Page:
While searching for meteorites that crashed into our planet may be a challenging task in itself, Professor Birger Schmitz, a geologist from Lund University in Sweden, has apparently discovered a method to hunt for an even more elusive quarry – small meteorites that impacted the Earth millions of years ago.
As online magazine Horizon points out, the search for fossil meteorites presents a "whole new level of difficulty" for scholars, as these space rocks are not "spread thinly" across the surface but rather "entombed in ancient rocks", like dinosaur fossils.
Back in 1990, Schmitz, who did his postdoc with the team of Luis Alvarez, the Nobel Prize laureate who first proposed a theory about a massive asteroid impact putting an end to the age of dinosaurs, turned his attention towards the Thorsberg quarry on the southern shore of Lake Vänern, where another geologist, Mario Tassinari, had found "a few fossil meteorites".
During that time, there were only "a handful of fossil meteorites known to science", the media outlet notes, adding that Schmitz's subsequent efforts revealed that the Thorsberg quarry turned out to be a one-of-a-kind trove of these space rocks, as "special conditions are required to preserve sizeable fossil meteorites in reasonable numbers".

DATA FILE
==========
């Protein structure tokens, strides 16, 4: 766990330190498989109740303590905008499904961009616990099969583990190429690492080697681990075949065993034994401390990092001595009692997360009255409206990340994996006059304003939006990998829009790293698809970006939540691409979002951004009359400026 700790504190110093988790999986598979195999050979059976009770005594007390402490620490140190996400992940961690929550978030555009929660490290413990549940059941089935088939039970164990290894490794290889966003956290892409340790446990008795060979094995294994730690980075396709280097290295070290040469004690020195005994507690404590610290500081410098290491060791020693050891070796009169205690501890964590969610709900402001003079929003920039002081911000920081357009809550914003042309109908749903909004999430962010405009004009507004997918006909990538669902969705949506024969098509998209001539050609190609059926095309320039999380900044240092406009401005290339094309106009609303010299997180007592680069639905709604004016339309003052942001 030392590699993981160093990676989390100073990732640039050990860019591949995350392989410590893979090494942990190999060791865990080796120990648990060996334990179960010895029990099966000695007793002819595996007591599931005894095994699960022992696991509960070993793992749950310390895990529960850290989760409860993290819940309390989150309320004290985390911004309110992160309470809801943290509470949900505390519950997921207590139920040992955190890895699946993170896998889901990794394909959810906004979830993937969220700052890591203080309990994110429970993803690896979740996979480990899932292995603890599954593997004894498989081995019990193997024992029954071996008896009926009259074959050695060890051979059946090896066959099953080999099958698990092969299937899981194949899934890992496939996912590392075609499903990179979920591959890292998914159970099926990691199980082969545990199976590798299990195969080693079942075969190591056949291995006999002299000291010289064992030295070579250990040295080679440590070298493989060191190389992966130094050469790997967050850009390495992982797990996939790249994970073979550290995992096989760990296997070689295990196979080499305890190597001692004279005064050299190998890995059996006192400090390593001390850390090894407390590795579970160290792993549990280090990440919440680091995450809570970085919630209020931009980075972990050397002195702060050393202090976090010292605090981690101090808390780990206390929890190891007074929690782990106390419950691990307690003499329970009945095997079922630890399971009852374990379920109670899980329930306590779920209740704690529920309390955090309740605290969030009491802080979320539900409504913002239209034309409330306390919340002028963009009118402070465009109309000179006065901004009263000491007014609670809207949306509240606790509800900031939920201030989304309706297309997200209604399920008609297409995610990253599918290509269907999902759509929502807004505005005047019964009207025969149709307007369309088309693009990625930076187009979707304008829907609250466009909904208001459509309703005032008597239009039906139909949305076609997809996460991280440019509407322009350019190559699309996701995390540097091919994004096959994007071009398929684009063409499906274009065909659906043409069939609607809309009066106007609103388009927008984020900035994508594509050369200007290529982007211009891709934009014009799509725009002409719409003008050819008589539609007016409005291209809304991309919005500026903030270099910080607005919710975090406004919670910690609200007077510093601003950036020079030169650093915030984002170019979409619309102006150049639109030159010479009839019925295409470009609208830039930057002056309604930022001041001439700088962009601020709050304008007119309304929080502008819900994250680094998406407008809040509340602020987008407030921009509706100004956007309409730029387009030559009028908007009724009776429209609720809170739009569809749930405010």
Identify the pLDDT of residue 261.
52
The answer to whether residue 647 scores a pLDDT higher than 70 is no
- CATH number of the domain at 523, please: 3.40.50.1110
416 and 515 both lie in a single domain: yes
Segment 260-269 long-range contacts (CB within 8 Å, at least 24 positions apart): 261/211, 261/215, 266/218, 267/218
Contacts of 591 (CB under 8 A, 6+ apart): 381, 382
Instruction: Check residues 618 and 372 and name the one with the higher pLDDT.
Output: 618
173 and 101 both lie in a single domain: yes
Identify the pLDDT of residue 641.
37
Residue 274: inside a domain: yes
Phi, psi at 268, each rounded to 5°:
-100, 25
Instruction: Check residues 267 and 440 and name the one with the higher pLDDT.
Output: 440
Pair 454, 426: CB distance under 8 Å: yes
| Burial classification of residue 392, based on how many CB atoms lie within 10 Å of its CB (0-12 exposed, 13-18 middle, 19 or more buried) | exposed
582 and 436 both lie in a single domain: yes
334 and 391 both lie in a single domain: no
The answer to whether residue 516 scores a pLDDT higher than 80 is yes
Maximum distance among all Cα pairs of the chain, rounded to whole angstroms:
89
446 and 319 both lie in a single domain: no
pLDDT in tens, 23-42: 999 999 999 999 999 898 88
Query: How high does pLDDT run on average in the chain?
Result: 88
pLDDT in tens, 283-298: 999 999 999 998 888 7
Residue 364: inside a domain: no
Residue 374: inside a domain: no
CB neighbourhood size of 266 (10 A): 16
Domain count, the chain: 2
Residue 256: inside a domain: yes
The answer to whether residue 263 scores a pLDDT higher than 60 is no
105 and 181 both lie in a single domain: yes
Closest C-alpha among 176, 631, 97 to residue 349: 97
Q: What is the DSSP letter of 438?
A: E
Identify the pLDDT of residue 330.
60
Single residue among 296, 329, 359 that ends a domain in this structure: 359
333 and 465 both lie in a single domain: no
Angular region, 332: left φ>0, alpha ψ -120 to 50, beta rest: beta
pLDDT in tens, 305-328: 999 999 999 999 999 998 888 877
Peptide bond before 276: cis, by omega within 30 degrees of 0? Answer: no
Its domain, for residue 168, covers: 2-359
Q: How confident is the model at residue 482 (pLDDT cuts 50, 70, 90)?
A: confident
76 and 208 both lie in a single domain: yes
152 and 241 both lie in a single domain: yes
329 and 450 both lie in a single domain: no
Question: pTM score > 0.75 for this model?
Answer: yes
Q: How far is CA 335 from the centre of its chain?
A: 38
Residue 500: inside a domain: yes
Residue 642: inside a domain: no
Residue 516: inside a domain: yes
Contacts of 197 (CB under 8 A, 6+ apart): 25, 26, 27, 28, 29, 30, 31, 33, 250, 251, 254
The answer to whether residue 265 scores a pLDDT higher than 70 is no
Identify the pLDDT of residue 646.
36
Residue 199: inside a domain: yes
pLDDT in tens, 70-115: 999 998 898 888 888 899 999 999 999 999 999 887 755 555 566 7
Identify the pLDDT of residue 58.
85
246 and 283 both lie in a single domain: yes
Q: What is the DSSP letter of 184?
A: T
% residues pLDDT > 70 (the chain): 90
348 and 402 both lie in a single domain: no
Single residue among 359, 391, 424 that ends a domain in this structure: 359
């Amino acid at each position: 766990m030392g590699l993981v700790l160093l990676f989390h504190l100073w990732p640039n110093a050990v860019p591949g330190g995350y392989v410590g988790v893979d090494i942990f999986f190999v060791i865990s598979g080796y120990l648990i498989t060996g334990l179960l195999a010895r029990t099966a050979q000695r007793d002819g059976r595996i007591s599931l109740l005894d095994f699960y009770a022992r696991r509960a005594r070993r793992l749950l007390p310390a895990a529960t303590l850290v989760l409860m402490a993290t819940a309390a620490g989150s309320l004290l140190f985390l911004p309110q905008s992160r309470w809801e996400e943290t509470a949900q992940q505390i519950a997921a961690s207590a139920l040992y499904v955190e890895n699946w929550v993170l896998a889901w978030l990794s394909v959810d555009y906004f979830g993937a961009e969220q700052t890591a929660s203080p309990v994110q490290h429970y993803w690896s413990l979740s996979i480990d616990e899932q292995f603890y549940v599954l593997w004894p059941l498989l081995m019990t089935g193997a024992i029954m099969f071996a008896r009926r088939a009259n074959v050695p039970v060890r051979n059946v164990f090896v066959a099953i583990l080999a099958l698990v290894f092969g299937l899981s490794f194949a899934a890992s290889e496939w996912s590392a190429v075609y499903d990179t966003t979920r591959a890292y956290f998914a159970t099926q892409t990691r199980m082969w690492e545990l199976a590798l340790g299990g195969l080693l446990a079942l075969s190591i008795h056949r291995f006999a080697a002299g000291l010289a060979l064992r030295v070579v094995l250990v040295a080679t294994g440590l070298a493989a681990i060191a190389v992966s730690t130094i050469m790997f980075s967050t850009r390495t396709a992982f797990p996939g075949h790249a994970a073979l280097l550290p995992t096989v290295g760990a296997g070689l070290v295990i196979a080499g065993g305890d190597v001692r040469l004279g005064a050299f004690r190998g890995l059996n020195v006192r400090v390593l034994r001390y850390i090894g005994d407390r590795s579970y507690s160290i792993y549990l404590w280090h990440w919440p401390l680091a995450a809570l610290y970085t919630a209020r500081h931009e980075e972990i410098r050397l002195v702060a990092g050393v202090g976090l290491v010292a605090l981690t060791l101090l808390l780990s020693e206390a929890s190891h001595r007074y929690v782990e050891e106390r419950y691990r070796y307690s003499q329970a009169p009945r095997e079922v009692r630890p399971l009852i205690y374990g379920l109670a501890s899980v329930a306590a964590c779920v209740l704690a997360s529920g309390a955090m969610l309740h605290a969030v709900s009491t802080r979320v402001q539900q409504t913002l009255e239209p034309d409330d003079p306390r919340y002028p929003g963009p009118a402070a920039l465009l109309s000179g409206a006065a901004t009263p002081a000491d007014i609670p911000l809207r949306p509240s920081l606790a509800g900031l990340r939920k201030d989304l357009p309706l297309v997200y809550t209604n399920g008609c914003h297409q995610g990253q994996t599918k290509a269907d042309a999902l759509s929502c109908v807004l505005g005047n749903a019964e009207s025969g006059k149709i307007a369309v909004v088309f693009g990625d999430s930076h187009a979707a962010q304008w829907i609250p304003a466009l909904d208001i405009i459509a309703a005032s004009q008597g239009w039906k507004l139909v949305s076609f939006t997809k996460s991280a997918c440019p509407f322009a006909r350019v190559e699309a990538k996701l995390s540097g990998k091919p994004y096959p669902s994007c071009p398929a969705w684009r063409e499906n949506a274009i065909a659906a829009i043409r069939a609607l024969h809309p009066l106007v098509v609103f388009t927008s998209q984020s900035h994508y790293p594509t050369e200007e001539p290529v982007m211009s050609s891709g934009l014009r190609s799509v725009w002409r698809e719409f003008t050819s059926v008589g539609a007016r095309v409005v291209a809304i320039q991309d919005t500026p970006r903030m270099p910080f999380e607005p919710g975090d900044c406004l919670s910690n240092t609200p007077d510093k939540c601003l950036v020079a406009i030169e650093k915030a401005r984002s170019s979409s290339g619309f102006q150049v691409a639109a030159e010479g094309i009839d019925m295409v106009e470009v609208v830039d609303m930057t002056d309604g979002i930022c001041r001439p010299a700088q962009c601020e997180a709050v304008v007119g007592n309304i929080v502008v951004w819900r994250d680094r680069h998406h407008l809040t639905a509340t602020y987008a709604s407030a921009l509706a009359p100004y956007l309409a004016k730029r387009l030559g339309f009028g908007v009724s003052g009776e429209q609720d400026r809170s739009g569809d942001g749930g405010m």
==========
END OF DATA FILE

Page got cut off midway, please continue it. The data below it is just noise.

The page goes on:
Professor Schmitz arrived at the conclusion that since micrometeorites, or space dust, shower Earth in large quantities every day, the limestone in the quarry probably contains a fair share of them, and since chromite, is "extremely resistant”, he came up with a peculiar extraction method.
"I told my poor student at the time, "Niklas, take 5 kilograms of rock and dissolve it in hydrochloric acid'", the professor said.
The process yielded 10 tiny fragments of extraterrestrial chromite, each about a tenth of a millimeter in length, and subsequent extractions “revealed there was a huge uptick in space dust in 466 million year old rock", with Professor Schmitz concluding that “a massive collision in the asteroid belt spewed out both large meteorites and a gargantuan cloud of dust”, blocking the sunlight and plunging the Earth into an ice age during the Ordovician period.
He added that his team has amassed quite a collection of ancient meteorites, though "it won’t be published for a few months".
"(Many of) these meteorites are as different from the meteorites that fall today as some of the animals that were living in that time are compared to today’s animals", Schmitz said.